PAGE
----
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Mote Aquarium
Sarasota Thursday, Jan. 3, 2019 1 year ago

Issues to watch 2019: Mote aquarium

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Mote Marine Laboratory is moving aggressively in pursuit of a new aquarium. Will it reach its ambitious goals for the new year?
by: David Conway Deputy Managing Editor

In early 2018, Mote Marine Laboratory and Aquarium announced its plans to relocate its aquarium to a new $130 million facility in Nathan Benderson Park.

Although Mote President and CEO Michael Crosby shared plans to break ground in 2019, there were still some key details to be sorted out. For one, Mote needed to raise money to pay for the building. For another, the County Commission hadn’t even formally discussed the prospect of allowing Mote to use the desired land in Benderson Park, located near University Parkway and Interstate 75.

About a year later, some of those issues have been addressed. The county and Mote have reached a preliminary agreement on the use of a 15-acre plot. Mote has secured more than $28 million in donations to build the aquarium.

But, as Mote remains hopeful construction will begin this year, there remains at least one step that Crosby said must be taken before the project can commence: a significant financial commitment from Sarasota County.

Crosby called the $20 million funding request a crucial part of Mote’s aquarium plans. What happens to the project if the county determines it can’t give Mote that money — even if the commission is willing to consider a lesser financial contribution?

“Doesn’t get done,” Crosby said.

Although Mote submitted a formal request to the county in May, the commission has yet to have a substantive discussion about the prospect of funding the project. Commissioners have publicly supported the project, but staff is still in the process of reviewing Mote’s business plan and the details of the funding request.

County staff has said any funding would likely come from the tourist development tax, levied on transient rental properties throughout the county. At a Dec. 14 board retreat, commissioners discussed the possibility of creating a new process for vetting funding requests like Mote’s.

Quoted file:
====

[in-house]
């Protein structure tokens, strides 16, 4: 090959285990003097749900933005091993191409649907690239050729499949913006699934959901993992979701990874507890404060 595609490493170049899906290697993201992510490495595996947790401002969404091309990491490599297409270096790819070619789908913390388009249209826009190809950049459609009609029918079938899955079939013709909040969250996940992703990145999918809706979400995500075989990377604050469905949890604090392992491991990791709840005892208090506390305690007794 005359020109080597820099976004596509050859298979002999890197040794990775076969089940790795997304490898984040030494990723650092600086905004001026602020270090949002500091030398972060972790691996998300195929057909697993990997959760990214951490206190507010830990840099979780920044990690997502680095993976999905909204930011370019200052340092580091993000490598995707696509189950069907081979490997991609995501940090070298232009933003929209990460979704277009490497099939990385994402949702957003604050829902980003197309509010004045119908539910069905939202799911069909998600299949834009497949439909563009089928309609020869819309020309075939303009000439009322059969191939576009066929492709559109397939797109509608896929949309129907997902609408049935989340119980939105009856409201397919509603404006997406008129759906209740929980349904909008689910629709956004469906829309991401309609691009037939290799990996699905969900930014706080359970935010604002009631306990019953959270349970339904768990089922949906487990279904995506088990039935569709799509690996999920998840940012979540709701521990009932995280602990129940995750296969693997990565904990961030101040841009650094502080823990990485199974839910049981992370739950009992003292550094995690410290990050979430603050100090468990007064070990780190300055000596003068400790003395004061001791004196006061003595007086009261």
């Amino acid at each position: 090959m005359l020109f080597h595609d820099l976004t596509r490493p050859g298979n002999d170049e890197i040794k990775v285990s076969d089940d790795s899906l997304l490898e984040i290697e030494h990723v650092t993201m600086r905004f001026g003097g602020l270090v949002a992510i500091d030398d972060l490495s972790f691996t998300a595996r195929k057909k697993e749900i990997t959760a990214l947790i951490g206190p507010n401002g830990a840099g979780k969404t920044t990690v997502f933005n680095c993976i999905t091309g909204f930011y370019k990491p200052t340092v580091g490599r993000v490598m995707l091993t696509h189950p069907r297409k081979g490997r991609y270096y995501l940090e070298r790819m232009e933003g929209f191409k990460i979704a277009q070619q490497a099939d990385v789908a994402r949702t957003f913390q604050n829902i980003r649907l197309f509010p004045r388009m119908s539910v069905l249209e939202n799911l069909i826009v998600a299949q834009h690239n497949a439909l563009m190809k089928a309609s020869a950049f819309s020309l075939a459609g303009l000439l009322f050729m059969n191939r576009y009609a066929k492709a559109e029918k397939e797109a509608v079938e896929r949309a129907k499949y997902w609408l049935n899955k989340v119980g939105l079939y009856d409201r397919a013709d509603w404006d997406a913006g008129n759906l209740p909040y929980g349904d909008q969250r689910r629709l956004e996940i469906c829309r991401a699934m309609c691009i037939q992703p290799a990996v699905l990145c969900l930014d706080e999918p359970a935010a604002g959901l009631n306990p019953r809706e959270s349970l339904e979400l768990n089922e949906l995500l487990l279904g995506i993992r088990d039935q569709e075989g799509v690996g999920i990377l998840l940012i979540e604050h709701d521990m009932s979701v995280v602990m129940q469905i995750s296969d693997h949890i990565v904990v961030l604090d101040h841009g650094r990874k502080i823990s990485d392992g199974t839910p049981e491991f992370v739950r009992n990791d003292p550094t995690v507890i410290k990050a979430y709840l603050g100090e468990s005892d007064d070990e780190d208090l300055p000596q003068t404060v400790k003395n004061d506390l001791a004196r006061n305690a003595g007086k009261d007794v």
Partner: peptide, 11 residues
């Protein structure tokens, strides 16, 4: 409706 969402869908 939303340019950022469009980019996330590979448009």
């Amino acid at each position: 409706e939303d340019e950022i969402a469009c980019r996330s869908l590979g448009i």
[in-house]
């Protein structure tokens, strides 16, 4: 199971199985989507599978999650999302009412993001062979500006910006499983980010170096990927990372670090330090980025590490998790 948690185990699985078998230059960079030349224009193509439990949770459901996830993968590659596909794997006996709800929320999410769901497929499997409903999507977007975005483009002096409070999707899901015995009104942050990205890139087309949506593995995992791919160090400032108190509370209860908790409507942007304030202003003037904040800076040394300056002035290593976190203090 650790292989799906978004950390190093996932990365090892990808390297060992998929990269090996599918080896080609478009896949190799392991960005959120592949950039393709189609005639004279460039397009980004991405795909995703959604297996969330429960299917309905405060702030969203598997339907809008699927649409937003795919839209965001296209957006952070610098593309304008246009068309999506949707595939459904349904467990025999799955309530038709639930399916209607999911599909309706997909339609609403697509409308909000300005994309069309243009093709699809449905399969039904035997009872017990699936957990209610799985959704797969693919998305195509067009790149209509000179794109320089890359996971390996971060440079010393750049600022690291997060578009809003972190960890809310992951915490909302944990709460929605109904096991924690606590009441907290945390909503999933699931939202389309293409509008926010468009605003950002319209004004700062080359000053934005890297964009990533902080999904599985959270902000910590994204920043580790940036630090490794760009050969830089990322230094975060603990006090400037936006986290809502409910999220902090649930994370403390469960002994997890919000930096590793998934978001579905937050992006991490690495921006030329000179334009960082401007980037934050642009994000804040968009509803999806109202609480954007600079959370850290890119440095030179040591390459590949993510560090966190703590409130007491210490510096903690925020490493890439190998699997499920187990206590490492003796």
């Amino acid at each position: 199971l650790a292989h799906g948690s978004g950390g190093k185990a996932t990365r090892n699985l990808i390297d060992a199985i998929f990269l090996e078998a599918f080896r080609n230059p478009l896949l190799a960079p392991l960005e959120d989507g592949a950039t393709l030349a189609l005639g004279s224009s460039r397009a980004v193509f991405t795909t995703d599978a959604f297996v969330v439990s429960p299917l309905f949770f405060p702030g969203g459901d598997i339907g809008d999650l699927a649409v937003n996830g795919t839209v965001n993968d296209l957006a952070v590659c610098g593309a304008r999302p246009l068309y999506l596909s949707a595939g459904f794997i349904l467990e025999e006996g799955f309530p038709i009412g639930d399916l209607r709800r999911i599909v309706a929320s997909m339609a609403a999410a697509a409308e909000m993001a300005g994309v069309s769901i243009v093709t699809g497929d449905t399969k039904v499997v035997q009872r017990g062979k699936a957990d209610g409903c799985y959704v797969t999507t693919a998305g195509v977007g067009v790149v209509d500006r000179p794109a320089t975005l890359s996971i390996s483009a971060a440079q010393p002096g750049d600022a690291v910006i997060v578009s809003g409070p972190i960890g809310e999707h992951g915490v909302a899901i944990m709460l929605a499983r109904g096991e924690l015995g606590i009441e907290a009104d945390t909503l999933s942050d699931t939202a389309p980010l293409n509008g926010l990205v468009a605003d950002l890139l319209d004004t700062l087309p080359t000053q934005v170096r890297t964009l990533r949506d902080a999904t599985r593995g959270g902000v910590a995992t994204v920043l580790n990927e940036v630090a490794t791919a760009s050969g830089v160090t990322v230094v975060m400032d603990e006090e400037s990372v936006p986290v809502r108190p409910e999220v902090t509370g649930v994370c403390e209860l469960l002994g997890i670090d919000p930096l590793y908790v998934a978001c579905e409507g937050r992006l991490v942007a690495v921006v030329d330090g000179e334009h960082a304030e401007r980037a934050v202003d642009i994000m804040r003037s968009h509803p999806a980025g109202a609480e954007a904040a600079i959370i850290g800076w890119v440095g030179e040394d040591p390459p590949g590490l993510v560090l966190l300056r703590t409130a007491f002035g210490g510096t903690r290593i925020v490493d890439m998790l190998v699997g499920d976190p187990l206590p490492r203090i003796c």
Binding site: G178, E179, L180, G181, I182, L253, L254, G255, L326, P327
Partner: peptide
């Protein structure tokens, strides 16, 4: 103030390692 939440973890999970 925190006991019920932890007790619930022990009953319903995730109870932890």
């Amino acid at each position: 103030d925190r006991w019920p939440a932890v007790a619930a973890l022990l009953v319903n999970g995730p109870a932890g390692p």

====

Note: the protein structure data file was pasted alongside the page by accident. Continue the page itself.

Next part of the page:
“Mote’s a great organization,” Commissioner Charles Hines said. “Will that aquarium put heads in beds? I don’t know; it might. … That needs to be part of our discussion, rather than, ‘I like that project, I think it’s good.’ ”

Crosby was optimistic about the prospect of securing an agreement with the county, describing Mote’s discussions with county staff positively. He called the aquarium project not only a significant economic driver, but also an opportunity to improve science education and outreach within the community.

“The case for support is so strong,” Crosby said. “Everybody wants to say yes. All we’ve got to do is sit down and put our heads together.”

Mote’s ambitions for the new year expand beyond finalizing details of the aquarium project. Mote intends to turn its City Island campus, where the aquarium is currently based, into an expanded headquarters for its research arm. That means bringing on board more staff members to conduct that research work. Mote’s growth strategies also apply to other campuses, such as its coral research facility in the Florida Keys, and initiatives, such as the recently founded Red Tide Institute.

“I suppose No. 1 on the to-do list for Mote in 2019 is to significantly grow our capabilities to have an even greater impact on addressing the grand challenges facing our marine and coastal ecosystems,” Crosby said.

With red tide a particularly pressing subject in Sarasota after the events of 2018, Crosby believes the Red Tide Institute will make tangible strides toward addressing the negative effects of the algal blooms.

“I fully expect at the end of a year, you’re going to see significant progress,” Crosby said. “I fully expect that within a period of three to five  years, we will have available deployable technologies that can be used to battle red tide.”

From the new aquarium to red tide and beyond, Crosby and Mote are moving with an aggressive, ambitious attitude toward tackling the organization’s goals.

“We’re not slowing down,” Crosby said. “We’re doing more and more and more because the oceans demand it. The opportunities are there to have a much better impact in the community.”

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